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Tahir, D.;  Karim, M.R.A.;  Hu, H.;  Naseem, S.;  Rehan, M.;  Ahmad, M.;  Zhang, M. Nanocellulose and Nanocellulose-Based Composites. Encyclopedia. Available online: https://encyclopedia.pub/entry/30848 (accessed on 22 June 2024).
Tahir D,  Karim MRA,  Hu H,  Naseem S,  Rehan M,  Ahmad M, et al. Nanocellulose and Nanocellulose-Based Composites. Encyclopedia. Available at: https://encyclopedia.pub/entry/30848. Accessed June 22, 2024.
Tahir, Danish, Muhammad Ramzan Abdul Karim, Hong Hu, Sufyan Naseem, Muhammad Rehan, Mairaj Ahmad, Minglonghai Zhang. "Nanocellulose and Nanocellulose-Based Composites" Encyclopedia, https://encyclopedia.pub/entry/30848 (accessed June 22, 2024).
Tahir, D.,  Karim, M.R.A.,  Hu, H.,  Naseem, S.,  Rehan, M.,  Ahmad, M., & Zhang, M. (2022, October 24). Nanocellulose and Nanocellulose-Based Composites. In Encyclopedia. https://encyclopedia.pub/entry/30848
Tahir, Danish, et al. "Nanocellulose and Nanocellulose-Based Composites." Encyclopedia. Web. 24 October, 2022.
Nanocellulose and Nanocellulose-Based Composites
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Nanocellulose is the most abundant material extracted from plants, animals, and bacteria. Nanocellulose is a cellulosic material with nano-scale dimensions and exists in the form of cellulose nanocrystals (CNC), bacterial nanocellulose (BNC), and nano-fibrillated cellulose (NFC). Owing to its high surface area, non-toxic nature, good mechanical properties, low thermal expansion, and high biodegradability, it is obtaining high attraction in the fields of electronics, paper making, packaging, and filtration, as well as the biomedical industry. To obtain the full potential of nanocellulose, it is chemically modified to alter the surface, resulting in improved properties.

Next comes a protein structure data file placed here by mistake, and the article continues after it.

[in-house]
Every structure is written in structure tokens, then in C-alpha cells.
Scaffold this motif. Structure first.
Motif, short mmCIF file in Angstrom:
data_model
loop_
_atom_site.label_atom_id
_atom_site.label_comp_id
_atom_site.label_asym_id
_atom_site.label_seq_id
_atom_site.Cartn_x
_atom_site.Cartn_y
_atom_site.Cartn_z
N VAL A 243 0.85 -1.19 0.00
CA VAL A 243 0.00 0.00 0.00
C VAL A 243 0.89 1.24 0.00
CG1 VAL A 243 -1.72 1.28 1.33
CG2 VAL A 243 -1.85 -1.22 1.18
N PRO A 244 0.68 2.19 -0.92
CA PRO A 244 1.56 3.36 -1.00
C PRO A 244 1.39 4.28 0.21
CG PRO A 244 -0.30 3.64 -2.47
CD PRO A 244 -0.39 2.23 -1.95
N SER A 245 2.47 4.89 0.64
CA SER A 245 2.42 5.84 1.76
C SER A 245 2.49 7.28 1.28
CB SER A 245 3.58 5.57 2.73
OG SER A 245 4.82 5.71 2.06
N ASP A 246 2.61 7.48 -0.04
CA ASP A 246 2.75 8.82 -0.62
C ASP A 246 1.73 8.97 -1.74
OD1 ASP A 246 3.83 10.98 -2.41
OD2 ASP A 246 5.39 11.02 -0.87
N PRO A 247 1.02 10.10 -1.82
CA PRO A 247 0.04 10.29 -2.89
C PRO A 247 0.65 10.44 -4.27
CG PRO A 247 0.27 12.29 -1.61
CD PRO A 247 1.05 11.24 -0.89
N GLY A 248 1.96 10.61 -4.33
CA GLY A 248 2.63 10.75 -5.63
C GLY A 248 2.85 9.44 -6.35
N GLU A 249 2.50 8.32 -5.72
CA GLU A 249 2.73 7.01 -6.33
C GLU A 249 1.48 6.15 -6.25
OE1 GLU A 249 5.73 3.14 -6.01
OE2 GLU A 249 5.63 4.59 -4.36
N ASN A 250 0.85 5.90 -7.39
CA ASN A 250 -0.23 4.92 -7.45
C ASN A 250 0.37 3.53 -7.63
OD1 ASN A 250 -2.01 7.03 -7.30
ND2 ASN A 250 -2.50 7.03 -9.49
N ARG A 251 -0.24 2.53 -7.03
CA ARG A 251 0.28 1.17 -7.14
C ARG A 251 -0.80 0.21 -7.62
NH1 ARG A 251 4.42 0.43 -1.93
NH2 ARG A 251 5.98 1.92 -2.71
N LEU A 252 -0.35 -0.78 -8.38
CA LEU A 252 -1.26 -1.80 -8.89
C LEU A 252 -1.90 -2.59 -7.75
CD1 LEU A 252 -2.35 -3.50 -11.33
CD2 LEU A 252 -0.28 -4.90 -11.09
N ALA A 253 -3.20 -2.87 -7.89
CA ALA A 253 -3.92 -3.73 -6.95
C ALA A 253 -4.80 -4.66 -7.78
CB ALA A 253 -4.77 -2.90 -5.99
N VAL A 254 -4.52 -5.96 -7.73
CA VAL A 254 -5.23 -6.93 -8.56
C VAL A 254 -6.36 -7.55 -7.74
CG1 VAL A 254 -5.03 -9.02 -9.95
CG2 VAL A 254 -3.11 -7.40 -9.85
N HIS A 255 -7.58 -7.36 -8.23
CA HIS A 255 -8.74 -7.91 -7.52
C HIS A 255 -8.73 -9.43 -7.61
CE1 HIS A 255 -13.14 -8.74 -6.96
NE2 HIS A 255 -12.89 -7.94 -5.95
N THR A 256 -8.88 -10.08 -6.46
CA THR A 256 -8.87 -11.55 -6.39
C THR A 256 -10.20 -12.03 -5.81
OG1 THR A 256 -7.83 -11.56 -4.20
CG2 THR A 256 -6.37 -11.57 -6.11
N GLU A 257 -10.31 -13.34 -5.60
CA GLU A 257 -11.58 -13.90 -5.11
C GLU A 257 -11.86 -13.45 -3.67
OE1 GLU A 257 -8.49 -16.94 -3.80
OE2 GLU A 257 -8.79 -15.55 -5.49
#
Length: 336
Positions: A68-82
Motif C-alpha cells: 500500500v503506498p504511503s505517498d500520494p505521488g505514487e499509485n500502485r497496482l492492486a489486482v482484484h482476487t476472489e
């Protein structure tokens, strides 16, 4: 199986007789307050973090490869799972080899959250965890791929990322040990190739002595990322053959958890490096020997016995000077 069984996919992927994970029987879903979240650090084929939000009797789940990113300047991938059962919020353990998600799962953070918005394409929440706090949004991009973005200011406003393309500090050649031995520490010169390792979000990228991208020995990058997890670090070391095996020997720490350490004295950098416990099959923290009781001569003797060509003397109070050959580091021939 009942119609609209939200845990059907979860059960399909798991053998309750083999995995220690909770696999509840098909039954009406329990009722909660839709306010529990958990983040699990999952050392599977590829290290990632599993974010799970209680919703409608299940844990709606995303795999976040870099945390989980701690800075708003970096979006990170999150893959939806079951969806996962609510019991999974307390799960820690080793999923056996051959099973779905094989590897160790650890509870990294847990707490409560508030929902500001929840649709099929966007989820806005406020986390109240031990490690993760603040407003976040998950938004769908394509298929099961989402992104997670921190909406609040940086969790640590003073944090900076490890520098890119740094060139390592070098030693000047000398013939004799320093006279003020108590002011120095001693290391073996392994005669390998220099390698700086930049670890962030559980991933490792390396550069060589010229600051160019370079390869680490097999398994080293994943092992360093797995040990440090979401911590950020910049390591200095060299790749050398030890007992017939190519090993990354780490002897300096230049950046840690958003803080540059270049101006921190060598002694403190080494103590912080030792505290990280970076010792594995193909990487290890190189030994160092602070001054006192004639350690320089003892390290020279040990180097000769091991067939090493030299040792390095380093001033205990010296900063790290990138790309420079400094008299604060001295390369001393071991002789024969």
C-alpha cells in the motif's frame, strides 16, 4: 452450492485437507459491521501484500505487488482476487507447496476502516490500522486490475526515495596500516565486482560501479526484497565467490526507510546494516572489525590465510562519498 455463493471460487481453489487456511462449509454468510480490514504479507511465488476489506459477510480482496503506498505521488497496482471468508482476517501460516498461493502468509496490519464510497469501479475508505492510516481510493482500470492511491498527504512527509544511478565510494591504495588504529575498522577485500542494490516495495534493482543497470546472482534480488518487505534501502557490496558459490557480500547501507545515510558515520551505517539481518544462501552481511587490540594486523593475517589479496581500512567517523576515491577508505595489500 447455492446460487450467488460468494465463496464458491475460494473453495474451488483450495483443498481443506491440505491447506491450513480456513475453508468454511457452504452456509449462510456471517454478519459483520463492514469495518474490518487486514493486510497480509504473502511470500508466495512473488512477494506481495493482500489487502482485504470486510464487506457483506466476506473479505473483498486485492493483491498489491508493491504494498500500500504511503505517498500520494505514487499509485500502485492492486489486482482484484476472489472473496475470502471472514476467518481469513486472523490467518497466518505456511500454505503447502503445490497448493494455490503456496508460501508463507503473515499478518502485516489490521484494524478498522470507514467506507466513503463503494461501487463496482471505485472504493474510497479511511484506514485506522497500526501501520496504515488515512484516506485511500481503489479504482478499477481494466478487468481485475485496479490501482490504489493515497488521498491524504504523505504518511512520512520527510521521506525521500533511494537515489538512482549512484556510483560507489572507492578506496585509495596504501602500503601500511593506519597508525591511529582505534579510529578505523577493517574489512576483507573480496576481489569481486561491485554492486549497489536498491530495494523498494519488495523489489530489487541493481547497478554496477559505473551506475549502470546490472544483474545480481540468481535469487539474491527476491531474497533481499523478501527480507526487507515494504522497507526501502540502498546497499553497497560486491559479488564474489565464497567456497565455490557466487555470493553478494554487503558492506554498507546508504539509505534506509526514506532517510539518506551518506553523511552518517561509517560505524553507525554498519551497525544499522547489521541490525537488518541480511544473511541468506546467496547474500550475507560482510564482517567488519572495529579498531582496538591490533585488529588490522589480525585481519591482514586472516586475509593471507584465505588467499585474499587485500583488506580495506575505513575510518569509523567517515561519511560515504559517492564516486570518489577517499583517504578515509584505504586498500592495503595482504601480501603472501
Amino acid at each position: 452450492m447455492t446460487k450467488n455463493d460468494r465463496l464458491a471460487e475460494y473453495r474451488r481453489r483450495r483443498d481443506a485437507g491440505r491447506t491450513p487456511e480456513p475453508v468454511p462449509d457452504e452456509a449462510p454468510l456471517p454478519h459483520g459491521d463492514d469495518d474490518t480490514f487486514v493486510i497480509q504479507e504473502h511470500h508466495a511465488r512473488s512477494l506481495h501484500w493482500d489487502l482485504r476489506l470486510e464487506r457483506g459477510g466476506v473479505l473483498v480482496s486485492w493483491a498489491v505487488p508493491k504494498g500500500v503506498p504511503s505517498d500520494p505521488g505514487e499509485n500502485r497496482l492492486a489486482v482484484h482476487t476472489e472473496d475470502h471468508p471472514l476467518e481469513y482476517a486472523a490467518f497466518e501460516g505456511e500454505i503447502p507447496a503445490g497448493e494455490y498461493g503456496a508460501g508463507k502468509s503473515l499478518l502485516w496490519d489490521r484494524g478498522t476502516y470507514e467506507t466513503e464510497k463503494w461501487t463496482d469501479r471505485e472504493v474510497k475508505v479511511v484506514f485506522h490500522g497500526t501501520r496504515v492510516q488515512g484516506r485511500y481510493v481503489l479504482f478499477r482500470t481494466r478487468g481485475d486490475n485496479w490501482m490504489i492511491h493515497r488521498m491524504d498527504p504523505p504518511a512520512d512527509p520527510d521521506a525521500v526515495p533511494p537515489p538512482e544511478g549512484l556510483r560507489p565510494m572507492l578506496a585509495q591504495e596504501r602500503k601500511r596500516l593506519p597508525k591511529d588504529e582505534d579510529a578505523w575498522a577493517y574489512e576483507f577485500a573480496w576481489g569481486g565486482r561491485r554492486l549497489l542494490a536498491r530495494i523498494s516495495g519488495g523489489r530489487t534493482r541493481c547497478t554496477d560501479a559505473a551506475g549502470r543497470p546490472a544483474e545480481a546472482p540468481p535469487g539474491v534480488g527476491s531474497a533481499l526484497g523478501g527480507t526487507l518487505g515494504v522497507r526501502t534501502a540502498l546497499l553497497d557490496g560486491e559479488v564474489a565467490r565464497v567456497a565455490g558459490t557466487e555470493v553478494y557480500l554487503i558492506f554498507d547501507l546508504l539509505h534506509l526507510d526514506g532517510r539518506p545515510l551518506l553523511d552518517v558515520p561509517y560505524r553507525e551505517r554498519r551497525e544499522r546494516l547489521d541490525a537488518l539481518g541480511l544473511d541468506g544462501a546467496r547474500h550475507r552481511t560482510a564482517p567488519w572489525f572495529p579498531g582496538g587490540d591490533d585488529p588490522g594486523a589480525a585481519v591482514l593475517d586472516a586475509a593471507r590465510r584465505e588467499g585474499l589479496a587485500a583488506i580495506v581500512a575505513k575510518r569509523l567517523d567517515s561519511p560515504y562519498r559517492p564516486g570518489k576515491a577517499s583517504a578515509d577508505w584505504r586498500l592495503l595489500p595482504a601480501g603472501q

nanocellulose biodegradable nanocomposites chemical functionalization extraction applications

1. Introduction

Polymeric cellulosic materials with high biodegradability and eco-friendliness have received a lot of attention, owing to the damage caused by petroleum base products, such as global warming, green gas emissions, and many others [1]. Several researchers are working on cellulosic fibers, from which nanocellulose can be extracted. The use of nanocellulose as a reinforcement in composites is because of their mesoscopic properties [2]. Nanocellulose is derived from plant cell walls and has extremely valuable properties, such as high surface area and strength [3][4][5]. Furthermore, the nanocellulose surface is easy to modify because of the large number of hydroxyl groups present in its structure. Nanocellulose has numerous applications in our daily lives, including filtration membranes, food packaging, biomedical, and so on [6].

2. Nanocellulose and Its Various Sources